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Python - Nose: Running Concurrent Tests

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Python - Nose: Running Concurrent Tests

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TLDR:
To enable multiprocessing with N workers,
run nose with:

$ nosetests --processes=N


When writing tests in Python, I start with TestCase's derived from unittest.TestCase, and standard test discovery. When I need more complex test discovery/loading or output reports, I often use nose and its assortment of plugins as my test loader/runner.

One nice feature of nose is the multiprocess plugin. It allows you to run your tests suites concurrently rather than sequentially, spread across a number of worker processes. Running tests in parallel like this can potentially give you a large speedup in your test run times.

from the nose multiprocess docs:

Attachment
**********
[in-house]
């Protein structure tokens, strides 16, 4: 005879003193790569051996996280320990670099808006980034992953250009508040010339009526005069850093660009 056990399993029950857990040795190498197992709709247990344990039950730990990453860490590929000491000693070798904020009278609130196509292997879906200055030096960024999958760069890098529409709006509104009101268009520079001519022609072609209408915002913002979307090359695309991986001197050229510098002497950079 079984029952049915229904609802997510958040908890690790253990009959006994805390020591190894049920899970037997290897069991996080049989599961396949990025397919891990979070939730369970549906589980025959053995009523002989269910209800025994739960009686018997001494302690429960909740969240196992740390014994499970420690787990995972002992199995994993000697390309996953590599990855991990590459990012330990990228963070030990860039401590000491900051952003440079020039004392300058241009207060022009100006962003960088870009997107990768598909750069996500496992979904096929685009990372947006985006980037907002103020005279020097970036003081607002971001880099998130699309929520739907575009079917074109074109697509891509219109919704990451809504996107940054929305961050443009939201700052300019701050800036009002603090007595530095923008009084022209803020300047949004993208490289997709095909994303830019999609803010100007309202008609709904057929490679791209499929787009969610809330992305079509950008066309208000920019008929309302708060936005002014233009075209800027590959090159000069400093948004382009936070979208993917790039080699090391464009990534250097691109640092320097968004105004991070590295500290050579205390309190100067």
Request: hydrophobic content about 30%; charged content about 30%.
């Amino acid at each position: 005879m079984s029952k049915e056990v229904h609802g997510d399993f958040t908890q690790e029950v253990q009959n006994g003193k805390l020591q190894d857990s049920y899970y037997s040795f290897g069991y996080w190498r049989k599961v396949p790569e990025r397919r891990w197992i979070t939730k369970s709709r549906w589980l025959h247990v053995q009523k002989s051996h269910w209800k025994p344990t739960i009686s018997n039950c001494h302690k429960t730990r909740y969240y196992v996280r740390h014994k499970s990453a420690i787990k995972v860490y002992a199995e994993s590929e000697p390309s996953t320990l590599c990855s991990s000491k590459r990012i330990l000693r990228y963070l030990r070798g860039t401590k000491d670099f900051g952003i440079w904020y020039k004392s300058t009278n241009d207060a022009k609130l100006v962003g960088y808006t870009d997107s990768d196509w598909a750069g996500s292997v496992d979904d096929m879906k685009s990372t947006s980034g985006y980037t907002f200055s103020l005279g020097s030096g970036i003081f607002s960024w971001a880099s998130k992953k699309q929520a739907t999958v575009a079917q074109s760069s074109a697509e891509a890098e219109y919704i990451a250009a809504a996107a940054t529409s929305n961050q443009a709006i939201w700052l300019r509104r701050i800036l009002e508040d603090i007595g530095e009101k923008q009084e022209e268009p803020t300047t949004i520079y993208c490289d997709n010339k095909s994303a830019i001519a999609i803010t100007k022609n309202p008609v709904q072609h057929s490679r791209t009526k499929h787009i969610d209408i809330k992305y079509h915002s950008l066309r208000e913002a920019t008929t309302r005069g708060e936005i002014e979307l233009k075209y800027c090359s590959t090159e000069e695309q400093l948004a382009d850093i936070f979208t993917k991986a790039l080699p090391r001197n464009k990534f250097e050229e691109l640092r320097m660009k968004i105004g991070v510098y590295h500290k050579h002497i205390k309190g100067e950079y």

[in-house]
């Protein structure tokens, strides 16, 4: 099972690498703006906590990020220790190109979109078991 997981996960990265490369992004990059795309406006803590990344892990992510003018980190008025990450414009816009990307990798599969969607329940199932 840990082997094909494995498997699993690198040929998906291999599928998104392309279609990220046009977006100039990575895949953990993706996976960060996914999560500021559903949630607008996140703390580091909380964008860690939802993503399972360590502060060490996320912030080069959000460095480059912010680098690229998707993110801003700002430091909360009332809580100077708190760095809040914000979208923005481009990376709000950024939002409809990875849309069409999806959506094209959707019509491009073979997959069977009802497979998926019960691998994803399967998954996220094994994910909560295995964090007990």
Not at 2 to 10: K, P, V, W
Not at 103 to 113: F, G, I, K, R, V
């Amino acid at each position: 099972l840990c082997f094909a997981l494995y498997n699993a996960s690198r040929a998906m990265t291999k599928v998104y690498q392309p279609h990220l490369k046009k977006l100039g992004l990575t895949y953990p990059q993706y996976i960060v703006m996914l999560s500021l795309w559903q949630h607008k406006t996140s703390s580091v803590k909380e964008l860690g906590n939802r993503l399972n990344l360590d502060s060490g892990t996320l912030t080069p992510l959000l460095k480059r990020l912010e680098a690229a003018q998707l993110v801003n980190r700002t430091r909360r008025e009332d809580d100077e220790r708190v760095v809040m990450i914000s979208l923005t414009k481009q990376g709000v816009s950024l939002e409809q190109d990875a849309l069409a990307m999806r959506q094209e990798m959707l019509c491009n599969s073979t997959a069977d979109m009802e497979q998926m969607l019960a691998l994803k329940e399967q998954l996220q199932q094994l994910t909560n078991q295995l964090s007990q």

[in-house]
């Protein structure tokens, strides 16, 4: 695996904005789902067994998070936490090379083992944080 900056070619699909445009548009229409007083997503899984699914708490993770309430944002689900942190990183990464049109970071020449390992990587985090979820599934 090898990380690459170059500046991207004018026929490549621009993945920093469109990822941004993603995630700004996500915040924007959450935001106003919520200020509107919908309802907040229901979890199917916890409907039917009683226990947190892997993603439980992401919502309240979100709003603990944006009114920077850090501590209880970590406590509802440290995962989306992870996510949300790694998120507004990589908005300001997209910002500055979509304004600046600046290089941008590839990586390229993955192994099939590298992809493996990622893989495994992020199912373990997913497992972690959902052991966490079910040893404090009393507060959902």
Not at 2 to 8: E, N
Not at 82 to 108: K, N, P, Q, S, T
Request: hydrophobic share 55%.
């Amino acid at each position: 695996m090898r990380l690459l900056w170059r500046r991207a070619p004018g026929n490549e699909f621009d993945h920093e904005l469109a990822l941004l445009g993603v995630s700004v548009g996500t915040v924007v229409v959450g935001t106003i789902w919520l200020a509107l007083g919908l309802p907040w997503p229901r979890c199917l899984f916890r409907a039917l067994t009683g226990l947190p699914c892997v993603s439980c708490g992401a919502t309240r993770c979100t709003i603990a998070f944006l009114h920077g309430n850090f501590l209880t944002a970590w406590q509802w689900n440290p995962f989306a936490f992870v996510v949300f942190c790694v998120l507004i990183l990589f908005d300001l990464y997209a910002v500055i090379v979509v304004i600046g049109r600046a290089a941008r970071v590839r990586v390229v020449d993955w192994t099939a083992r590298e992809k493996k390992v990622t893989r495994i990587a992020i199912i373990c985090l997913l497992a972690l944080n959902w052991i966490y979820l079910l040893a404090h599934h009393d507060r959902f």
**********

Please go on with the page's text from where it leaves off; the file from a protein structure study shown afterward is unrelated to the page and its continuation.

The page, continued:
"You can parallelize a test run across a configurable number of worker processes. While this can speed up CPU-bound test runs, it is mainly useful for IO-bound tests that spend most of their time waiting for data to arrive from someplace else and can benefit from parallelization."

Normally, you run tests from nose with:

$ nosetests

To run the same tests split across 4 processes (workers), you would just do:

$ nosetests --processes=4

Assuming your tests are properly isolated, everything should run normally, and you can benefit from a speedup on a multiprocessor machine.

However, Beware.

"Not all test suites will benefit from, or even operate correctly using, this plugin. For example, CPU-bound tests will run more slowly if you don't have multiple processors."
"But the biggest issue you will face is probably concurrency. Unless you have kept your tests as religiously pure unit tests, with no side-effects, no ordering issues, and no external dependencies, chances are you will experience odd, intermittent and unexplainable failures and errors when using this plugin. This doesn't necessarily mean the plugin is broken; it may mean that your test suite is not safe for concurrency."

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Published at DZone with permission of Corey Goldberg, DZone MVB. See the original article here.

Opinions expressed by DZone contributors are their own.

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